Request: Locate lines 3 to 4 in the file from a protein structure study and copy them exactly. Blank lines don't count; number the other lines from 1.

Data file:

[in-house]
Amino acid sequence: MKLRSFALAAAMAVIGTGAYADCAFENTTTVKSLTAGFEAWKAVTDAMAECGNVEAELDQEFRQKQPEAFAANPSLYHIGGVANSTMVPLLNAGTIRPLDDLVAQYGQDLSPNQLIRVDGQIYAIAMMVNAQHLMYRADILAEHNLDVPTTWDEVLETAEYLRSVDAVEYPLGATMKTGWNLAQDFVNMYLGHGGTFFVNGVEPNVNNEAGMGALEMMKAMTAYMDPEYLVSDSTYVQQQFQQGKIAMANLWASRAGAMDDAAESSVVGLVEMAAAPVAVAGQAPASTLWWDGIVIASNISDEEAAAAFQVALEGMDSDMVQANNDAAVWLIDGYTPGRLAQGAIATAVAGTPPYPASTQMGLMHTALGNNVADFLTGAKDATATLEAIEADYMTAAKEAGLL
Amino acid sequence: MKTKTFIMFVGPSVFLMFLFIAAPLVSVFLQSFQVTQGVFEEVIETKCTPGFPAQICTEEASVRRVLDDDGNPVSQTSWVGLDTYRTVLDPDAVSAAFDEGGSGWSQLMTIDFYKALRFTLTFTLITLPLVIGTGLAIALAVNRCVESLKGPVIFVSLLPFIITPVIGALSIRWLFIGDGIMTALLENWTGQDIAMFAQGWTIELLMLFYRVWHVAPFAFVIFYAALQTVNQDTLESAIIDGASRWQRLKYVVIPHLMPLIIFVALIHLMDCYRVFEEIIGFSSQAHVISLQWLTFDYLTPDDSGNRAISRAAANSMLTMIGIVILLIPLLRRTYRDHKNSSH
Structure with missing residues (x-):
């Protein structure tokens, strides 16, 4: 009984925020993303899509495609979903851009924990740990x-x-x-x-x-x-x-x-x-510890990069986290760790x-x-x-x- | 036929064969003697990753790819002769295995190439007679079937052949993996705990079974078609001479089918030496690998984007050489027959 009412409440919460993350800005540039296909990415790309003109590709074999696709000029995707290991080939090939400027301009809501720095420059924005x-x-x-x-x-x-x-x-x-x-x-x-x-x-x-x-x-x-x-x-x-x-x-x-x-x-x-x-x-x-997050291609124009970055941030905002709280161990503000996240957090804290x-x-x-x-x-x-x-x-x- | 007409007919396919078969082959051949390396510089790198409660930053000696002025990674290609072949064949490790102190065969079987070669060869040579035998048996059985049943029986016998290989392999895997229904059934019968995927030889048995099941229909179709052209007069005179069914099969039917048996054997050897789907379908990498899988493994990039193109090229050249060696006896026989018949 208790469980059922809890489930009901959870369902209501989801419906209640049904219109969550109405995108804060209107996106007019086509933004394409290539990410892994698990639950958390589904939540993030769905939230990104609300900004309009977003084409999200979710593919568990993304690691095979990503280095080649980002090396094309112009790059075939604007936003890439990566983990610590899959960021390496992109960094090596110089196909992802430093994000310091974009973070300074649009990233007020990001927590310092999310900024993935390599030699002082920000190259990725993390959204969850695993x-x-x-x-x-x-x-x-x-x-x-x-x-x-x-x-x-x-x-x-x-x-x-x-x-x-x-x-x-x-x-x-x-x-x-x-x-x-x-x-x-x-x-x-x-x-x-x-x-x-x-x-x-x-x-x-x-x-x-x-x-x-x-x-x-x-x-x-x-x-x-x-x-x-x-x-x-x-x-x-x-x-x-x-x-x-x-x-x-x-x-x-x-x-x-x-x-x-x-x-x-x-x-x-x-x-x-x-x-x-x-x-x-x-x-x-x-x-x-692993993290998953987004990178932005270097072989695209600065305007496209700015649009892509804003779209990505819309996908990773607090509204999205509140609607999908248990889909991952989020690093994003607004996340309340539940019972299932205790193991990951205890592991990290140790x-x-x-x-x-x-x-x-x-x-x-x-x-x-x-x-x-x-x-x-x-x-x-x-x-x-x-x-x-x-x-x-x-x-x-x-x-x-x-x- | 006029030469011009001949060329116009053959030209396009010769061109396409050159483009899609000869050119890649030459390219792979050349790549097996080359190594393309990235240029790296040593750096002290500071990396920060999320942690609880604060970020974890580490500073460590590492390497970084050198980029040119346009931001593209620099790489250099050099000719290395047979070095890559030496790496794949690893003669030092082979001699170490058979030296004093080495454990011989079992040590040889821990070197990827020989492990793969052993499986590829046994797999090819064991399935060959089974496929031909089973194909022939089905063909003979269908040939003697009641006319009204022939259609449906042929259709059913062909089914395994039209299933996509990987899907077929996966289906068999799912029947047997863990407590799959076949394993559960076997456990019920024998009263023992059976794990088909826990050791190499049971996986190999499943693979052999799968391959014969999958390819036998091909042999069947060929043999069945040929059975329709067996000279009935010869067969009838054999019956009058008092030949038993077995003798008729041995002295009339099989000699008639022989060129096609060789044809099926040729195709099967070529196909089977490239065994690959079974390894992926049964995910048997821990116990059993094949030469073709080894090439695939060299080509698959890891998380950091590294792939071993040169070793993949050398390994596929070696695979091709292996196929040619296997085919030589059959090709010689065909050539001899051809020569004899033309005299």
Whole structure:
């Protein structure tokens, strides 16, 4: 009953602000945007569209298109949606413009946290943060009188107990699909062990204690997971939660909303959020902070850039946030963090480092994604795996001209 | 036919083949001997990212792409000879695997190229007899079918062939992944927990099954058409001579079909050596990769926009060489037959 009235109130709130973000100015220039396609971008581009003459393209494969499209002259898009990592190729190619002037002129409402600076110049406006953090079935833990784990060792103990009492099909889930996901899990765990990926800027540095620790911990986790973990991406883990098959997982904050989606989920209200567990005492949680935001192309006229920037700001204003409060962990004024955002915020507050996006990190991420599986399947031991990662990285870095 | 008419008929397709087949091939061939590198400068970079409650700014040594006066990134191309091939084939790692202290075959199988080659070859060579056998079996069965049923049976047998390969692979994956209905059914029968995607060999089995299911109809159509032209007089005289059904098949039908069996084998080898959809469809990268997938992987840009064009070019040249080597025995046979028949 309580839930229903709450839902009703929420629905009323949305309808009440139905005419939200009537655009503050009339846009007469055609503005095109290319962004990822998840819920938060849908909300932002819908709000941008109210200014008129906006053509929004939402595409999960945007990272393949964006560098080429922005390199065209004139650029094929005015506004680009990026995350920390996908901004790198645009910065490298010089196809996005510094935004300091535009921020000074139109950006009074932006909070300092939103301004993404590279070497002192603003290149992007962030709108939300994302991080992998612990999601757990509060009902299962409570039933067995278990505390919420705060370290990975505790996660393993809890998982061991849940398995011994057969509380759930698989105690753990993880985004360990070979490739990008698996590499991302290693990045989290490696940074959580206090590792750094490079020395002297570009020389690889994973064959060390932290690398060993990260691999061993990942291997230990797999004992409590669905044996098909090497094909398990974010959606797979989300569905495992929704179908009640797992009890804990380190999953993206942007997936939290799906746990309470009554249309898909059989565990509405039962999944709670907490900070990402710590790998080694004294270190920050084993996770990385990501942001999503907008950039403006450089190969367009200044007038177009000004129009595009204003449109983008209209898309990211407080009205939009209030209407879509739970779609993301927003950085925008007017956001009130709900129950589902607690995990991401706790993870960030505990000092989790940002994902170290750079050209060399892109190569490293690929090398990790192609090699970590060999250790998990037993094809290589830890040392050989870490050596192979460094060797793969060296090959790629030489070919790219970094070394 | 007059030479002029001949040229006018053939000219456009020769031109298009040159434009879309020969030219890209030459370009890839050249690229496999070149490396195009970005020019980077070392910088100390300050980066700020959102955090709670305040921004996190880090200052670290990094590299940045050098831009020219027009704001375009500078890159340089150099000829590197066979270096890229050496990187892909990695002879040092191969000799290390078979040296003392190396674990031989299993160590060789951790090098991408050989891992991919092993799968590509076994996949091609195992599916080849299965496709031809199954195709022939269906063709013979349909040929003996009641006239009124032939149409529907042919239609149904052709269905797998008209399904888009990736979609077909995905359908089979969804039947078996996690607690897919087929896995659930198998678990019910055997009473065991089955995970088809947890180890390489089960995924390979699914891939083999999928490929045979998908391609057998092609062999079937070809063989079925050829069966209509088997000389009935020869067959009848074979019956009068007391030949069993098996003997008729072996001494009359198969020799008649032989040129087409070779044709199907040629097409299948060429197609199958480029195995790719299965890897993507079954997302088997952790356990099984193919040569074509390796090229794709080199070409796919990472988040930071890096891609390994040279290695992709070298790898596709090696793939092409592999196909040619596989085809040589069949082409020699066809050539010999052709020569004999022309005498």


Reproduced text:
Amino acid sequence: MKTKTFIMFVGPSVFLMFLFIAAPLVSVFLQSFQVTQGVFEEVIETKCTPGFPAQICTEEASVRRVLDDDGNPVSQTSWVGLDTYRTVLDPDAVSAAFDEGGSGWSQLMTIDFYKALRFTLTFTLITLPLVIGTGLAIALAVNRCVESLKGPVIFVSLLPFIITPVIGALSIRWLFIGDGIMTALLENWTGQDIAMFAQGWTIELLMLFYRVWHVAPFAFVIFYAALQTVNQDTLESAIIDGASRWQRLKYVVIPHLMPLIIFVALIHLMDCYRVFEEIIGFSSQAHVISLQWLTFDYLTPDDSGNRAISRAAANSMLTMIGIVILLIPLLRRTYRDHKNSSH
Structure with missing residues (x-):